Do not think that the Watchtower organization is the only one to have such a blind spot for “the other side.” What they do is done everywhere, and generally with poorer motive. Virtually nobody gives an accurate glimpse of the other side. Always the other side is painted as obtuse, sometimes delusional, or even mad. Will the GOP explain Democrats as Democrats would explain themselves, or vice-versa? You’ll think you’ve been on two different planets if you spend a little time visiting both! You’ll find the same craziness in any number of venues: medicine/alternative health, science/metaphysics, atheist/believer, or climate change vs those who think it is a hoax. The other guy is always “wrong,” and often “a liar.” In each case, you are not thought wise to check out his wares, unless it is to search solely for “sound bytes” to paint him as crazy.

In contrast, the Watchtower portraying those who leave as falling immediate prey to thugs is just messing with the sequence—it’s not messing with the overall reality. If the road really leads off to destruction, it is just a matter of moving up the wreck, but it is not a matter of making up the wreck. However, why does the Watchtower do even what it does? I toyed with the idea in ‘Dear Mr- Putin - Jehovah’s Witnesses Write Russia’—and I will let it stand; I think it is entirely accurate:

Furthermore, if the Governing Body ever ‘misrepresents’ the non-Witness world, it is not because they are sinister. It is because they do not know it themselves. They take their own counsel, which is that of the Bible, and they do not go there. They are lowly people who have poured themselves out and who now find themselves in places that are high for them. There are places not just ‘high for them’—they are actually high. They do not puff themselves up over it. They trust in God and, like the kings of old were directed to do, they actually read the scriptures daily. They keep away from what is ‘falsely called knowledge’ and from the ‘empty philosophies that violate what is holy’ that ‘toss people about as though on the waves of the sea.’ They have lived their own lives with the lesson of Haggai ever foremost: clean will be contaminated by unclean, not the reverse, and so they do not go there. Because they do not go there, they know it only through the lens of Scripture.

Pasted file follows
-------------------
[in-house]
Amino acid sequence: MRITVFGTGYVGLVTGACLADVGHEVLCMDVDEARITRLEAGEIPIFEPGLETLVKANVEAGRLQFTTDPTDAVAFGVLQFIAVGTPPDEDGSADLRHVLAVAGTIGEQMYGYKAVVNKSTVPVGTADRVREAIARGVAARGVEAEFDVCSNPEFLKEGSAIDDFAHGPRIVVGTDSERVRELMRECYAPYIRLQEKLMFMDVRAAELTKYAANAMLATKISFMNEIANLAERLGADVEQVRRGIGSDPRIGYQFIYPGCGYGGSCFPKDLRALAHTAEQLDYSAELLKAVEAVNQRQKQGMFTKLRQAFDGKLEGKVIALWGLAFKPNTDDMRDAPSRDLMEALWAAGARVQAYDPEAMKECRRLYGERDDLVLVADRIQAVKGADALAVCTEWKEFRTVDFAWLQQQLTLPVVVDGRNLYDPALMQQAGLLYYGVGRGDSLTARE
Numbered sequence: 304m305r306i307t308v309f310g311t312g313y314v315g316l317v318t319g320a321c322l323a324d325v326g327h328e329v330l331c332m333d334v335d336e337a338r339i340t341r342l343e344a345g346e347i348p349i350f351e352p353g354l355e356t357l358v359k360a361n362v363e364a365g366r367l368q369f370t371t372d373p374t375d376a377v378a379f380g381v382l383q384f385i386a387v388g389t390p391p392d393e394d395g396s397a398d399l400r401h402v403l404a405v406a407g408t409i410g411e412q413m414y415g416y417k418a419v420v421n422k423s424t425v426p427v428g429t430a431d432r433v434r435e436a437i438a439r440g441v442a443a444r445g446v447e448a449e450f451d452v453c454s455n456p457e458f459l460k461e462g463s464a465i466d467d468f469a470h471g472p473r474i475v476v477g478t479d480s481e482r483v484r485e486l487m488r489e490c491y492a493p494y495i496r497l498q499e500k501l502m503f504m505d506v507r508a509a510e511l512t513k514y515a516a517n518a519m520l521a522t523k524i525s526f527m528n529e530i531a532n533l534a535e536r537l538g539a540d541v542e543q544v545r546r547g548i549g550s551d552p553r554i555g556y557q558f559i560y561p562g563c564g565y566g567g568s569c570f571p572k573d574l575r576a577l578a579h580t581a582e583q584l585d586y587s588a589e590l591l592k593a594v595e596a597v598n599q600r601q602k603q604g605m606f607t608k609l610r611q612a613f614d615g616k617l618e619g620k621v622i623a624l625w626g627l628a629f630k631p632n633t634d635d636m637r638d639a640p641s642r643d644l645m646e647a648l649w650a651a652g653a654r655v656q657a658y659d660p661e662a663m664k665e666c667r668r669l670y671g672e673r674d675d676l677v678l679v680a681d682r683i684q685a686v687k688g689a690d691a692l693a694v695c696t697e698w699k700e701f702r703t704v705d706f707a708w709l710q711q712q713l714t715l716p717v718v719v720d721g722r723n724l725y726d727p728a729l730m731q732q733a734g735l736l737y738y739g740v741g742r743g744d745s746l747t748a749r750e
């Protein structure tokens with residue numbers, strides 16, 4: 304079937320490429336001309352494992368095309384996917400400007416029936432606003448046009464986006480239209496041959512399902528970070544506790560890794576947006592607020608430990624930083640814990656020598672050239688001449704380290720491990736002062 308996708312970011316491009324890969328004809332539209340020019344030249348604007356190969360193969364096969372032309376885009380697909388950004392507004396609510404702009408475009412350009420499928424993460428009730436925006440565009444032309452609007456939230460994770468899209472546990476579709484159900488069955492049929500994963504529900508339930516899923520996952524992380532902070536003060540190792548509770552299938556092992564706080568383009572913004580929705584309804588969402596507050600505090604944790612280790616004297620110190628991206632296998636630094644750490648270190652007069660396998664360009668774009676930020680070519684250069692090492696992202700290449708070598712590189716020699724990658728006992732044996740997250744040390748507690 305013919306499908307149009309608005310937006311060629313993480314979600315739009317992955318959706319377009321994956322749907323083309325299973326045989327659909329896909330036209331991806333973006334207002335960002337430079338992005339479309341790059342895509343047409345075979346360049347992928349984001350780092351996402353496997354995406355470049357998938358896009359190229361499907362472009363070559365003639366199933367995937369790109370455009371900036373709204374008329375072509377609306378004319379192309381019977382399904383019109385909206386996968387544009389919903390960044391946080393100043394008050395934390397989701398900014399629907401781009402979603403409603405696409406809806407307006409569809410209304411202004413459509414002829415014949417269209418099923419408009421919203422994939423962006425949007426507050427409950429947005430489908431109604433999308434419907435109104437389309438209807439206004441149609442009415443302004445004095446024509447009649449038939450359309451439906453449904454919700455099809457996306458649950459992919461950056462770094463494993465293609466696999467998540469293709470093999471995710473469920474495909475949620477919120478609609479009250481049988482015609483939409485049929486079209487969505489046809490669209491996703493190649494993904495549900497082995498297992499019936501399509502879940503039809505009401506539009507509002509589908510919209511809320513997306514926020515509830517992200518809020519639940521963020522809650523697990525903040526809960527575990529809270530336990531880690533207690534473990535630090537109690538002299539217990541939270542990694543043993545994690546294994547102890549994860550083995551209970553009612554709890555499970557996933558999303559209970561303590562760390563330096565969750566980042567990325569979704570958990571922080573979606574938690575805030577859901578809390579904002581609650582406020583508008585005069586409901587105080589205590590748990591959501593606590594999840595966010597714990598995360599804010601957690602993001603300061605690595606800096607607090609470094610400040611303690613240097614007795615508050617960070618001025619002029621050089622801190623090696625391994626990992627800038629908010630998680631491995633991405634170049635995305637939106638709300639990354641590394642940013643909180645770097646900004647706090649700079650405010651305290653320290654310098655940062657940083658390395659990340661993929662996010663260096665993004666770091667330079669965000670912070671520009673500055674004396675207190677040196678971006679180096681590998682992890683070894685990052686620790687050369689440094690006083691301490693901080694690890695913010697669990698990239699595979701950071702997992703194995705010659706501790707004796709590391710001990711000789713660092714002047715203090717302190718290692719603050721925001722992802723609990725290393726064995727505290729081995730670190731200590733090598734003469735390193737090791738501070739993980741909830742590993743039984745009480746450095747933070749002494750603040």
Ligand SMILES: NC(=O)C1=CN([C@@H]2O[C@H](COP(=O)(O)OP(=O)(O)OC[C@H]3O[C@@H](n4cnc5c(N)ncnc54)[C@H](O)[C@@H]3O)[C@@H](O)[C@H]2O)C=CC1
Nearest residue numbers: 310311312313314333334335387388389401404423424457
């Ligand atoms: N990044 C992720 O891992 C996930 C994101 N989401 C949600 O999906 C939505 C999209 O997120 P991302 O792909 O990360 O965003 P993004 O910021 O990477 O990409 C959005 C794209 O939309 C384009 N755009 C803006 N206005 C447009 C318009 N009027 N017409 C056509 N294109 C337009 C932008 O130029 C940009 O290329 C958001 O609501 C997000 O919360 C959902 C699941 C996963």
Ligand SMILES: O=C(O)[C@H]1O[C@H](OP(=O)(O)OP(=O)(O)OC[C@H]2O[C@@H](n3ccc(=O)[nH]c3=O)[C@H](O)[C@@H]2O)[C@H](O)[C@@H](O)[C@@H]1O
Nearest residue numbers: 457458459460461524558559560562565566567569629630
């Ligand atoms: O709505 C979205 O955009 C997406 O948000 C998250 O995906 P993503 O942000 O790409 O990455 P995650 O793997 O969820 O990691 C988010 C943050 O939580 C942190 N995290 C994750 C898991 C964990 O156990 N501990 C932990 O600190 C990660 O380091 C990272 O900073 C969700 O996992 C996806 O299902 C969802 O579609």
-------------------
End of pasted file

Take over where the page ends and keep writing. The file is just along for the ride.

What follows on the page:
“If the Bible says, in effect, that the ‘world will chew you up and spit you out,’ they assume that it does. If they find someone who says it in exactly those words, they eat it right up and broadcast it. And who is to say the words are untrue? Some get chewed up and spit out so promptly and decisively that no one would ever deny it, but with others? Who is to say the scriptures are wrong on that point? It may just take a longer time to get chewed up and spit out. Many senior citizens have encountered calamity, even contrived calamity, and have seen everything they had worked for drained away. Even the powerful are not immune as their strength and faculties wane.”

 

 

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Comments

Naomi Ward

The organization does post experiences of those who have found success in the world and were still unhappy, realizing something was lacking. Admittedly it is rare from those who left the truth, became successful and came back. Perhaps because most of those “were not of our sort.” (1 John 2:19). But there are experiences of ones who got caught up in worldly pursuits and realized the folly of that course, even if success by world standards. Perhaps they don’t grab you like the other kind. It’s like when you buy a new car, say a Blue Toyota Prius and then you keep seeing them everywhere. That’s my take on it. Naomi Ward

[Tom answers: It certainly has been my experience that once I buy a certain make and model of car, I see them everywhere. Yes. That factors into the picture as well.]

Stephen Nice

We had a Brian. Brian was indeed his name. Young brother. I loved him. A wicked sense of humour. Son of one of the elders.
One sage sister correctly prophesied. "His problem will be his handsomeness." Next thing we know he's gone. D'Fsh'pd. Next story's he's on drugs. I ventured to give him encouragement at his Dad's funeral. How I wish I'd done more. Next, has choked to death on his own...well, whilst on heroin. I'm sure he could have been helped.

[Tom: There is yet another Brian (must be something about the name) in Tom Irregardless and Me. He was a youngster I came across blogging who had fallen under the spell of atheists and was going to send the elders a letter of “6 blatant Watchtower errors.” He had his letter posted online! He wasn’t sure just how matters would play out. So I told him. And I suggested how he could better submit his letter, on the basis that it wasn’t a good idea, but if you are going to do something you may as well do it right. I suggested he delete 5 of his 6 points. If any one of them would establish his reason for leaving the faith, why include them all?—that was just the atheists hoping for a conflagration. Should there be any consequent meeting with elders, it wouldn’t be 6 points he had to argue—just one would be sufficient. I also suggested flaws with some of this points—not strongly, just as food for thought. Next thing you know, he has hit the books, torn up his letter, deleted his blog, and he appears on mine in subsequent comments. I had no idea such a thing would happen, and I was even a little bummed by it, since I had looked forward to making more comments on his blog.]